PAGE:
Soldiers of the Atlantic Seaboard

Acadia And Newfoundland

The Remarkable d'Iberville

The storming of St John's, Newfoundland, on 30 December 1696

Caption: The storming of St John's, Newfoundland, on 30 December 1696

In 1696, French power radiated throughout the maritime colonies, both in Acadia, where a second naval company bolstered the territorial defence, and in Newfoundland, where a strategic turning point was reached. However, it was due mostly to the arrival of a remarkable Canadian, Pierre Le Moyne d'Iberville, that France managed to score so many points in the Atlantic region.

Back from Hudson Bay, where he had already sown terror among the English, d'Iberville first helped the French in Acadia with their attacks on settlements in Maine. With the assistance of the small naval force under his command and 240 Abenaki warriors, he captured the town of Pemaquid in 1696. Then d'Iberville set sail for Newfoundland where the French, exasperated with all the English attacks and now feeling strong enough to mount assaults of their own, completely turned the strategic tables on their adversaries. Adopting Placentia as the land base for their attacks, they managed to put the English on the defensive. Their tactics were crowned with success, and during the following years they captured St. John's, the English capital of Newfoundland, on three separate occasions.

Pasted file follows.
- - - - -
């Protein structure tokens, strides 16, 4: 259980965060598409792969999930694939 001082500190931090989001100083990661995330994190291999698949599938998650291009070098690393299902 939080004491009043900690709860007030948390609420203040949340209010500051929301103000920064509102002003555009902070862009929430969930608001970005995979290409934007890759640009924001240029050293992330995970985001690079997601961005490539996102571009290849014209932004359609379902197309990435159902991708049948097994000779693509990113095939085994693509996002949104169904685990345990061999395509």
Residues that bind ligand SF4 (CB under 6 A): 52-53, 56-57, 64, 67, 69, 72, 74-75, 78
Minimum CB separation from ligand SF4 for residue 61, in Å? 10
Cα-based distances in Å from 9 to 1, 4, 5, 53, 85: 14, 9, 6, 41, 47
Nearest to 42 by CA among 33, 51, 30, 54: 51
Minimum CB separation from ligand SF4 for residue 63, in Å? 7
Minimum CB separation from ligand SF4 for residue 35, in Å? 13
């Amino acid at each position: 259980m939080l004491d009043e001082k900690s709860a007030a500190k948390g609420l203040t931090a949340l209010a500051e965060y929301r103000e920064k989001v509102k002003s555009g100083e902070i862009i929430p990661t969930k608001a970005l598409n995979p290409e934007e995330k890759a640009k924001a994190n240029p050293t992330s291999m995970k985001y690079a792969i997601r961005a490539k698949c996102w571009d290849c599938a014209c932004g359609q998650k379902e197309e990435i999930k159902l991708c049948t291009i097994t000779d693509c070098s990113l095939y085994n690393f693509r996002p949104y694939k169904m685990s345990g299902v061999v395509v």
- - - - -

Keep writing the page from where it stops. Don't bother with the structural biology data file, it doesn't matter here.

The first French assault on this town took place in August 1696, but it was repulsed. Taking part in the attack was a recently raised militia company from Placentia. On the following December 30, d'Iberville and Governor Brouillan's forces succeeded in seizing the port. D'Iberville continued his course in 1697, wreaking havoc throughout the English part of the island by destroying 27 of 29 posts, with about 125 Canadian volunteers who had accompanied him and 40 Amerindians from Acadia who joined them. At the same time, the Acadians beat back another attack on Fort Naxouat, after a two-day exchange of artillery fire.